“The simple answer,” Clark said, “is that I don’t know how things eventually come together. I just know that there’s something else at play that isn’t about a brain. It isn’t about the critical brain, and it is about instinct that comes into play when making music, and the more I’ve followed instinct instead of logic, the better off I’ve been as an artist.”
“I just started writing, rather than approaching it all with a lot of human hubris. Like, this is what it’s gonna be about, and here’s the zeitgeist, and I’m going to try to tap into the zeitgeist, whatever that is. I just wrote about my life, and the stories are obviously punched up and made slightly poetic because they have to fit into a song form, but so many songs are just, like, my life.”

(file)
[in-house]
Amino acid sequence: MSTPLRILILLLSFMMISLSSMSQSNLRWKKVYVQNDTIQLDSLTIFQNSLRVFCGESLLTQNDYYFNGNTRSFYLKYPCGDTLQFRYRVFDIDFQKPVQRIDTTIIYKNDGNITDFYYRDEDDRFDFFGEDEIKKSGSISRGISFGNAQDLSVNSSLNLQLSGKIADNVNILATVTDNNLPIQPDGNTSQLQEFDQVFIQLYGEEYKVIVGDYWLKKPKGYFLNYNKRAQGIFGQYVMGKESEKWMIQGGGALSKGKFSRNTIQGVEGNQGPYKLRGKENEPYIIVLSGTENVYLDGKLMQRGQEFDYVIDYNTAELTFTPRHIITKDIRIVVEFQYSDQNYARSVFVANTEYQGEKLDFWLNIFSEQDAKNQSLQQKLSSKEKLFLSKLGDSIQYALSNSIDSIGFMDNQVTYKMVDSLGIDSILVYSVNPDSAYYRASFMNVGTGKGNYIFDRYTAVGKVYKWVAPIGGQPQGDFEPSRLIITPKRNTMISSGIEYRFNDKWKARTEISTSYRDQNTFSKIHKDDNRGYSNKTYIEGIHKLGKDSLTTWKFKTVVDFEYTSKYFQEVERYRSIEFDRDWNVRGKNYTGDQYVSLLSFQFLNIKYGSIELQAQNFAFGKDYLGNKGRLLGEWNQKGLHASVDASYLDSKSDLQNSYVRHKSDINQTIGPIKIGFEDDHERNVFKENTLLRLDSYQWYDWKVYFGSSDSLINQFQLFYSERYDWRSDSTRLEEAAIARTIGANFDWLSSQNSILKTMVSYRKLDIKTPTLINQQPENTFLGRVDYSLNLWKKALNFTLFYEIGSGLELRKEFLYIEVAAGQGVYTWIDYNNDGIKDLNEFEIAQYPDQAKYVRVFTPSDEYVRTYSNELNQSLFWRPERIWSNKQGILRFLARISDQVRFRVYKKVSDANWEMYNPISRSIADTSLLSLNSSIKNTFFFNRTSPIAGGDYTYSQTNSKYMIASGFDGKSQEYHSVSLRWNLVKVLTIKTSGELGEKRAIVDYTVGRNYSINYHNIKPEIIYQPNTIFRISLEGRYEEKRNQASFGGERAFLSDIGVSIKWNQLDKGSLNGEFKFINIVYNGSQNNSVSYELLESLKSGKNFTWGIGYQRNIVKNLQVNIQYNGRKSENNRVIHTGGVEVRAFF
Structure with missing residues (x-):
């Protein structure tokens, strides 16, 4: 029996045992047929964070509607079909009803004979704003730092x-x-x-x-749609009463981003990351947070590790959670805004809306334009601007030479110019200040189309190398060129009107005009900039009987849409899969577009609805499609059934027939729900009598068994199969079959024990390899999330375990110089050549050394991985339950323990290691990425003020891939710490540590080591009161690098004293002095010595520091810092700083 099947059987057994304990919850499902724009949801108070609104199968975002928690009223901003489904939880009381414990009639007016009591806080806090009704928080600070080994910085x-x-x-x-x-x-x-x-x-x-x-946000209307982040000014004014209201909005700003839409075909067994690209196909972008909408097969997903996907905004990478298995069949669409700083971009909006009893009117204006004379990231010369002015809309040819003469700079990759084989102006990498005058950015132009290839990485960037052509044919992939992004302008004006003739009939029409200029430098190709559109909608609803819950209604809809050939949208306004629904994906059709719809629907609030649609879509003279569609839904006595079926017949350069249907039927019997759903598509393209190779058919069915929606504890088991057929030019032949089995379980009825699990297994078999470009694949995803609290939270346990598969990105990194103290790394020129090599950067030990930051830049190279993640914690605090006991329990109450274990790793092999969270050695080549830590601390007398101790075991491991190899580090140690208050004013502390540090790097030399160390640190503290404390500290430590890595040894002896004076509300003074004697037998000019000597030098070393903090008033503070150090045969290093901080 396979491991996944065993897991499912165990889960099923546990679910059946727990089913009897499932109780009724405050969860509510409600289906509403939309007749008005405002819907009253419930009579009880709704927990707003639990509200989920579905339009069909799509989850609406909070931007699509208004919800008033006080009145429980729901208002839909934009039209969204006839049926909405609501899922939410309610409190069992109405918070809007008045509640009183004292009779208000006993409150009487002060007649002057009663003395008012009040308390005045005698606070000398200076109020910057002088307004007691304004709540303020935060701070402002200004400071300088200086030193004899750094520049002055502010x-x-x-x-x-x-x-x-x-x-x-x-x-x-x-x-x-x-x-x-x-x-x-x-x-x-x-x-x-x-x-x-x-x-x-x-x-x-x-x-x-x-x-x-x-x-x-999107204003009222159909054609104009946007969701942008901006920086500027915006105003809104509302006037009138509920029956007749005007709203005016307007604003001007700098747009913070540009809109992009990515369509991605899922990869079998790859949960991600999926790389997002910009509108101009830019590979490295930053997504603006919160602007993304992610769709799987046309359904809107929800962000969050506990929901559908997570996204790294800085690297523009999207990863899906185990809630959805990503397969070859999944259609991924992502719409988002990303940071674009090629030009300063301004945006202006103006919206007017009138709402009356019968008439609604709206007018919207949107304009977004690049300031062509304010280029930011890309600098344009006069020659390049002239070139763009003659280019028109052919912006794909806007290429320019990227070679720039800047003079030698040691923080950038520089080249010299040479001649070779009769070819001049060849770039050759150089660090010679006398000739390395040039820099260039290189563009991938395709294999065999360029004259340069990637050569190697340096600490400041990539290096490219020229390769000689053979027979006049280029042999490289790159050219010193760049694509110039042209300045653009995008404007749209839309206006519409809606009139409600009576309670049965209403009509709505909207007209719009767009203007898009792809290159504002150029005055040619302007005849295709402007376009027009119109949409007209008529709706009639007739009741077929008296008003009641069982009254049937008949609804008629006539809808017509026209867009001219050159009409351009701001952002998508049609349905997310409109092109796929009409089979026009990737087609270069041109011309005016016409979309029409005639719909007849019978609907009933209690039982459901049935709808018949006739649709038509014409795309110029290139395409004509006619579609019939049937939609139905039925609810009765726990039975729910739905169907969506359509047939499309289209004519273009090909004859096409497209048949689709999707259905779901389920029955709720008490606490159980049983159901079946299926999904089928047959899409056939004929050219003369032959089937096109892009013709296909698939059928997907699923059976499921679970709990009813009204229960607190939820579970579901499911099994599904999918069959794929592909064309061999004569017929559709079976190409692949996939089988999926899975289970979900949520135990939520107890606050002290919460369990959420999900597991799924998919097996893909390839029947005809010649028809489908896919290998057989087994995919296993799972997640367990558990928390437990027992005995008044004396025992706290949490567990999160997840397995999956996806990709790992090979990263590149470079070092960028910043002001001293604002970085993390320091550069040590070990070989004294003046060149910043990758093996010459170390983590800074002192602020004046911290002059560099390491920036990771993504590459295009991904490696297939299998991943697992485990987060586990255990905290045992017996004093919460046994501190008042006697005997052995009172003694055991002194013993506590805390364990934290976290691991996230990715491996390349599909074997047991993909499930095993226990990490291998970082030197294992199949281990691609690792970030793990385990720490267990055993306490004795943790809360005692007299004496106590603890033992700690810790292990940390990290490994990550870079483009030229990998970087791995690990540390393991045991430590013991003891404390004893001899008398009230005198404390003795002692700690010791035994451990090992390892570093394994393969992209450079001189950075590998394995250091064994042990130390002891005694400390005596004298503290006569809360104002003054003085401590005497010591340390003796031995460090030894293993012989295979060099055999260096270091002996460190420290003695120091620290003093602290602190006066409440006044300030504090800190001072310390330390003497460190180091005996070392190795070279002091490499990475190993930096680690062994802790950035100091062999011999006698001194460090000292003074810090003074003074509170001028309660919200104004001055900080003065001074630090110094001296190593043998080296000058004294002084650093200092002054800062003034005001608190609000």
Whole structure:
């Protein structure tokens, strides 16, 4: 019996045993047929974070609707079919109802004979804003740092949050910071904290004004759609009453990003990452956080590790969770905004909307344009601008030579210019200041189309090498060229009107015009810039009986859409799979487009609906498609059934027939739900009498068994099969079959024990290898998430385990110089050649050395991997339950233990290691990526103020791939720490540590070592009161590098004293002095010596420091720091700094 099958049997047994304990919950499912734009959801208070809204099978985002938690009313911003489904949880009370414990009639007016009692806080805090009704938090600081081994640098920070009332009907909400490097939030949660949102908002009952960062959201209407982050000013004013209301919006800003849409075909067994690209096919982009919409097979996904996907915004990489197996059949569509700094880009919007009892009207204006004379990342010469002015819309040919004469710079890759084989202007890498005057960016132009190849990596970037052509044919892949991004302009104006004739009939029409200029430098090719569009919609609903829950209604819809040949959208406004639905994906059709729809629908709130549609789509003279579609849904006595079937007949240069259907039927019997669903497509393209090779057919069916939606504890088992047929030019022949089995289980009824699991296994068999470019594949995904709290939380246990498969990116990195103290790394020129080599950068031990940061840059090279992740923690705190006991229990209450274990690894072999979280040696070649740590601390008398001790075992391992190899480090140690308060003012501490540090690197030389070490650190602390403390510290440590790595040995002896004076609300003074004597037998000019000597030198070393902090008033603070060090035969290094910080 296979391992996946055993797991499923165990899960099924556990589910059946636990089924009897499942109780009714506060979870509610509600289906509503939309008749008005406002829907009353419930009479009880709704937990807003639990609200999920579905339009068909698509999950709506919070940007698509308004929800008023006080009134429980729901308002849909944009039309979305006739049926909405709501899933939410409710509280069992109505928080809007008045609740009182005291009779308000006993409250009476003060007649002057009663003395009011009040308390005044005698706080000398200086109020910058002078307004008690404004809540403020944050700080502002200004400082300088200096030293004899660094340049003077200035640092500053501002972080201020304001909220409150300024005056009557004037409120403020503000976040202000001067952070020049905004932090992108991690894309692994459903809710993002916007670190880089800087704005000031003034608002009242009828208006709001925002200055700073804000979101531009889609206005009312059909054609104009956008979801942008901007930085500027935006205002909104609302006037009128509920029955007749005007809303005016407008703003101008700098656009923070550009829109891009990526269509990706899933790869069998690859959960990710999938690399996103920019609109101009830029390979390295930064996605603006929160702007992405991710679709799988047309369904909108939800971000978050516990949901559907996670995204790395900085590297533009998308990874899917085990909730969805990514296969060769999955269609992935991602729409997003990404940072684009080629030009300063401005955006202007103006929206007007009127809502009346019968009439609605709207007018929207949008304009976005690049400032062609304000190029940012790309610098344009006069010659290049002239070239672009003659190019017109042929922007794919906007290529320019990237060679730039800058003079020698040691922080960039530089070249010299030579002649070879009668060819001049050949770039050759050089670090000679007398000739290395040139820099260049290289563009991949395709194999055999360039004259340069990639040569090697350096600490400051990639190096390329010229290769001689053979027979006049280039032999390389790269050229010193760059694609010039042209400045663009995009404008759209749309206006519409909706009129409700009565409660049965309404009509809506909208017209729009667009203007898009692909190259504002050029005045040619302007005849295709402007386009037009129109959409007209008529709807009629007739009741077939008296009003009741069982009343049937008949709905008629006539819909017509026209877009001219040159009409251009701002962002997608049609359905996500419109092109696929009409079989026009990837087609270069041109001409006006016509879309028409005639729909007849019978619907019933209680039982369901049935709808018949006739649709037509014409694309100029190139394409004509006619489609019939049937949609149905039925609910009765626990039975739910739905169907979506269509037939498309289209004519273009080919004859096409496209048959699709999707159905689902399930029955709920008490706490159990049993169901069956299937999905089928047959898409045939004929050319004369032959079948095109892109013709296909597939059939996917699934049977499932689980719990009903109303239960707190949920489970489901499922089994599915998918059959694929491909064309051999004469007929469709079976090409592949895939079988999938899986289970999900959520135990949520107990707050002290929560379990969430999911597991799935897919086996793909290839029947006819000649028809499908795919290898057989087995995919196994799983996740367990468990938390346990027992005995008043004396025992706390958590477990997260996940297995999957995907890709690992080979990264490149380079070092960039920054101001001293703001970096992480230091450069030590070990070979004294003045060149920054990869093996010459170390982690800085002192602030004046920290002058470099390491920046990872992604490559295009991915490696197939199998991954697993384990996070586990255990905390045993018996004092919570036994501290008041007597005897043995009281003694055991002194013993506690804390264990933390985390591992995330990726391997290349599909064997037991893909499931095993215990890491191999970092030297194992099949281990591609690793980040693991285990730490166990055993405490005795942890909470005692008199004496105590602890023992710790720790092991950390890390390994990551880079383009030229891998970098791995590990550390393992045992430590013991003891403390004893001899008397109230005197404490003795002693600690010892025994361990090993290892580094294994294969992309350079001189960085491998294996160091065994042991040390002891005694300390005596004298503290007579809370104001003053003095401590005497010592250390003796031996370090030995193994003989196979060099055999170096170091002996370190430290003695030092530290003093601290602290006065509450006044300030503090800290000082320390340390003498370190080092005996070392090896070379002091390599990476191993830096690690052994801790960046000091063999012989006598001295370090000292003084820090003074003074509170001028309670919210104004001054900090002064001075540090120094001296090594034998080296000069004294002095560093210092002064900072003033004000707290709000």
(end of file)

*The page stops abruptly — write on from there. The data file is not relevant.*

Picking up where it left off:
So there’s very little agenda. Which is why I loved her quote about George W. Bush’s paintings. For someone as art-oriented as Clark, a person like George W. Bush becomes infinitely more interesting when he showcases a deformed artistic impulse. Which isn’t to say she’s apolitical; she may be deeply concerned with politics. I have no idea. But she’s not overtly political, and it’s hard to imagine George W. Bush entering her conversational lexicon when he was merely a shitty president. But when he became a shitty artist?
Oh yeah, her eyes opened then.
On the other hand, she’s not always agenda-free in her songs. “Digital Witness,” the second single and the first video showcasing her brand new gray-tinged-with-violet sideways-disorderly-female-pompadour hairdo, contains the most overt lyrics of all about that burgeoning—wait, no, I think we’ve passed burgeoning into omnipresence—cliche: Life In The Digital World.
If I can’t show it, if you can’t see me
What’s the point doing anything?
What’s the point of even sleeping?
So I stopped sleeping, yeah I stopped sleeping
Won’t somebody sell me back to me?